Learn how to fingerpick your way through a 12 bar blues while playing both the lead and rhythm parts at the same time on your guitar. This technique is advanced sounding but very easy to do!
How would you like to easily fingerpick blues tunes on your guitar, playing both the melody and accompaniment parts at the same time so there is no need for anyone else to play along with you?
Sound too good to be true?
Today, I am going to show you an approach that is as cool as it is easy to do. It will have you playing through chorus after chorus of a blues, fingerpicking both the lead and rhythm parts at the same time!
This is not a technique that will take you forever to master before it sounds any good. If you have at least some basic guitar playing skills down, with just a little work you will be up and sounding like a pro, and impressing all who hear you play, in no time!
So what is it?
Put simply, your thumb will be constantly plucking the lower strings of your guitar, while at the same time, you play riffs on the higher strings with the index, middle, and ring fingers of your picking hand.
If you are a little confused, read on, because I am going to lay out for you a step by step method of how to get this technique into your playing right now, so you can go ahead and create awesome fingerpicking blues arrangements on your guitar.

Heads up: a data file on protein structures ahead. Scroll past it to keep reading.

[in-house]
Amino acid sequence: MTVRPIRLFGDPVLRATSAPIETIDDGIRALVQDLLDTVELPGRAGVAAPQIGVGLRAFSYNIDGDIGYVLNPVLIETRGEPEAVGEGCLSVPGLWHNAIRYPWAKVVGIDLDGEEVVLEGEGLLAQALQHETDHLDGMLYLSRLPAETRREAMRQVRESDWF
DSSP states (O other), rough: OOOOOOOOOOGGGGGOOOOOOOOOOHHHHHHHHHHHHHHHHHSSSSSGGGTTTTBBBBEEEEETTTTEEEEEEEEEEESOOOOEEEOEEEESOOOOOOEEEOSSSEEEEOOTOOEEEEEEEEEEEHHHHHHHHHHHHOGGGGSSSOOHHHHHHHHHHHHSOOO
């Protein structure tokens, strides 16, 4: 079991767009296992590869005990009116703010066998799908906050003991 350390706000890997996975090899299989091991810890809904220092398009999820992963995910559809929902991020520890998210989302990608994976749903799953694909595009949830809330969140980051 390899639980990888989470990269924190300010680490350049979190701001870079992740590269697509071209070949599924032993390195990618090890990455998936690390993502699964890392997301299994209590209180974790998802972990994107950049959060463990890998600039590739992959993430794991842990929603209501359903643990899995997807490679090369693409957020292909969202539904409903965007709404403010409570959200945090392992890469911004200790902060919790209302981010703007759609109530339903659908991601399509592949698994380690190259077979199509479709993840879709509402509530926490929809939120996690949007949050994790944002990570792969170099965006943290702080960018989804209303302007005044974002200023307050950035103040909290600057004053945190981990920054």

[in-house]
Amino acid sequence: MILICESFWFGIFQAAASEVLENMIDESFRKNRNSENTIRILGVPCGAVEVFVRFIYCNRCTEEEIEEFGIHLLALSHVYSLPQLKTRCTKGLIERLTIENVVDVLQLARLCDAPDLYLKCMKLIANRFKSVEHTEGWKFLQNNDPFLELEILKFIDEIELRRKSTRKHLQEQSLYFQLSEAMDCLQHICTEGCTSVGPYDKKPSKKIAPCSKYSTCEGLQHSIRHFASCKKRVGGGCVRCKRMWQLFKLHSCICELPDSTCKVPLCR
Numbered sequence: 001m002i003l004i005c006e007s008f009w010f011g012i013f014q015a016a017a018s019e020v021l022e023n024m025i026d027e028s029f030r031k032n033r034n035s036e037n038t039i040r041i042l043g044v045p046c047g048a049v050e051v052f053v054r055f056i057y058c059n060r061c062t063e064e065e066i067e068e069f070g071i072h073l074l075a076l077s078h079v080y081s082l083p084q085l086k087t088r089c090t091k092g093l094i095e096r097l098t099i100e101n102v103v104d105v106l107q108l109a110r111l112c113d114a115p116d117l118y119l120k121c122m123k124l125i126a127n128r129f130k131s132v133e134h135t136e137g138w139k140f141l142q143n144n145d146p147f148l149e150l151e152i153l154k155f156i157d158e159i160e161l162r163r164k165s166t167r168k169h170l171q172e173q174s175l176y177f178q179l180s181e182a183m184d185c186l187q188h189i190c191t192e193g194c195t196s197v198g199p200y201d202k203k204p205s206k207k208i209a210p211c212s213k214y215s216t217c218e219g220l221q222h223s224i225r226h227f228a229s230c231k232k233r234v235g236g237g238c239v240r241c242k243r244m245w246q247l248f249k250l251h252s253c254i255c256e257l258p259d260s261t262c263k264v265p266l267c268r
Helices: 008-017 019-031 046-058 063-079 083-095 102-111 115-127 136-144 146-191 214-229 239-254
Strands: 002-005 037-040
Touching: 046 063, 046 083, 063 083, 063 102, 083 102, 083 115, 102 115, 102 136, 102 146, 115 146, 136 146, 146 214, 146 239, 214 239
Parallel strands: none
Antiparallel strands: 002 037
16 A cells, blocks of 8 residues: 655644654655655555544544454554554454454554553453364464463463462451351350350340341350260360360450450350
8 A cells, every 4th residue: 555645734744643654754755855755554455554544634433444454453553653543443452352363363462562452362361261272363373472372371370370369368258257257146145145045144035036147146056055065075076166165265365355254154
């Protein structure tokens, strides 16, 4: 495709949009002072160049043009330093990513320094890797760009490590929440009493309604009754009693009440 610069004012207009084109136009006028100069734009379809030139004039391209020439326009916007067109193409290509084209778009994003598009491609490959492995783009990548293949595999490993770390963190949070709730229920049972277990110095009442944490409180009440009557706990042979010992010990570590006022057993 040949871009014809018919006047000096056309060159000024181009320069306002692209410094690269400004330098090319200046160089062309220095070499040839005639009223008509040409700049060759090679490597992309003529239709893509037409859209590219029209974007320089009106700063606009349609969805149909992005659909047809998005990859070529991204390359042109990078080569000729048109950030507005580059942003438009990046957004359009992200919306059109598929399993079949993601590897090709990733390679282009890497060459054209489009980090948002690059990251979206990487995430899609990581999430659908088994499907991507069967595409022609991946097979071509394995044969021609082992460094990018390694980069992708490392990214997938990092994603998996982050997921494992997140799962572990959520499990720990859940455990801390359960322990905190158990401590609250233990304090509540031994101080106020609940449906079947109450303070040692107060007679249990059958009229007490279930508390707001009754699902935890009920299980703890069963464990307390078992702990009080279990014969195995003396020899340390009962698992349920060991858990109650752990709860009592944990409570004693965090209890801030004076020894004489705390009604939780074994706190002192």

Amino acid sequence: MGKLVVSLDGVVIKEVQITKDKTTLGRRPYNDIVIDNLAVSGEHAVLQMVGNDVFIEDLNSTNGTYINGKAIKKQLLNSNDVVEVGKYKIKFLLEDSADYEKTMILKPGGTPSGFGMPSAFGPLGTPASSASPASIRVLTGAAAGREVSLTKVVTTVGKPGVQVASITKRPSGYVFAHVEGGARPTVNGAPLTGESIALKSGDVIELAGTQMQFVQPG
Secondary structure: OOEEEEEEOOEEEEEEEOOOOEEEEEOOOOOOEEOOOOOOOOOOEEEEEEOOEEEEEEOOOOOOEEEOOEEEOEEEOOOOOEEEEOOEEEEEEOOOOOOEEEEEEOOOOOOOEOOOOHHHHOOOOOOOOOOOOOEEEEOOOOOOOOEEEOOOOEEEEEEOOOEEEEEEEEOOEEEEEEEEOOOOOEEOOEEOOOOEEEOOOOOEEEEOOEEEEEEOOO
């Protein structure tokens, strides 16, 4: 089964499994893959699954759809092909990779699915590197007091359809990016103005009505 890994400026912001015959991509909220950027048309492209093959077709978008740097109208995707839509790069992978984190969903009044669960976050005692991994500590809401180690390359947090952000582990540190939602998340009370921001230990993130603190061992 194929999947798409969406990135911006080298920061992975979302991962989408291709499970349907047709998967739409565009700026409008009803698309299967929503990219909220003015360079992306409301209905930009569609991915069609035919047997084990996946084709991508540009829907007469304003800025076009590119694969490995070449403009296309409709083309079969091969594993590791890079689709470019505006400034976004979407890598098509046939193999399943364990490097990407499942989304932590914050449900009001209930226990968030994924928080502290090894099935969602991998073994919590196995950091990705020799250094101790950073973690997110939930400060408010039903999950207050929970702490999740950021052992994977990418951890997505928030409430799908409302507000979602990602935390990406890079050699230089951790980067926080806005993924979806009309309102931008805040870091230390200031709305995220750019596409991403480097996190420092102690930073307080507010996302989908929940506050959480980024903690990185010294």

Fingerpicking Blues Drills
For the purpose of developing this technique, we will be using both pentatonic patterns 1 and 2 in the key of Em. More specifically the top 4 strings offers each of these patterns, as follows:
First up, we are going to play the low open E string of our guitar, along with each note of the scale in a quarter note rhythm (ie. on the beat) like so:
Once you have the above exercise down, we are going to separate the fingers from the thumb by having them play different rhythms.
Your thumb will pluck the low open E string in a swinging eighth note rhythm, while your fingers continue to play the pentatonic scale pattern in a quarter note rhythm, like this:
This of course is a little more challenging to do, but is a great exercise in getting your fingers to work independently from your thumb. Be patient, you will get it soon enough, as long as you take it slowly.
Don’t forget to watch the video that accompanies this article for more details, and to see this technique in action. In the video you will hear that I am palm muting the low open E string to create more contrast between the bass and the riffs, or if you like, the accompaniment and melody parts.
Once you have these basic drills down, and have developed the ability to have your thumb work independently of your fingers, you will find what follows next, easy to do!
Creating Fingerpicking Blues Riffs
Fingerpicking Blues Riff 1:
The next step is to create a riff of some sort utilising our hybrid pentatonic pattern from the previous drills.
Here is one such riff:
This is known as a call and response riff, typically found in blues soloing as well as other styles too. While playing this riff, you are going to get your thumb to pluck a swinging eighth note rhythm, as you did when playing the scale earlier: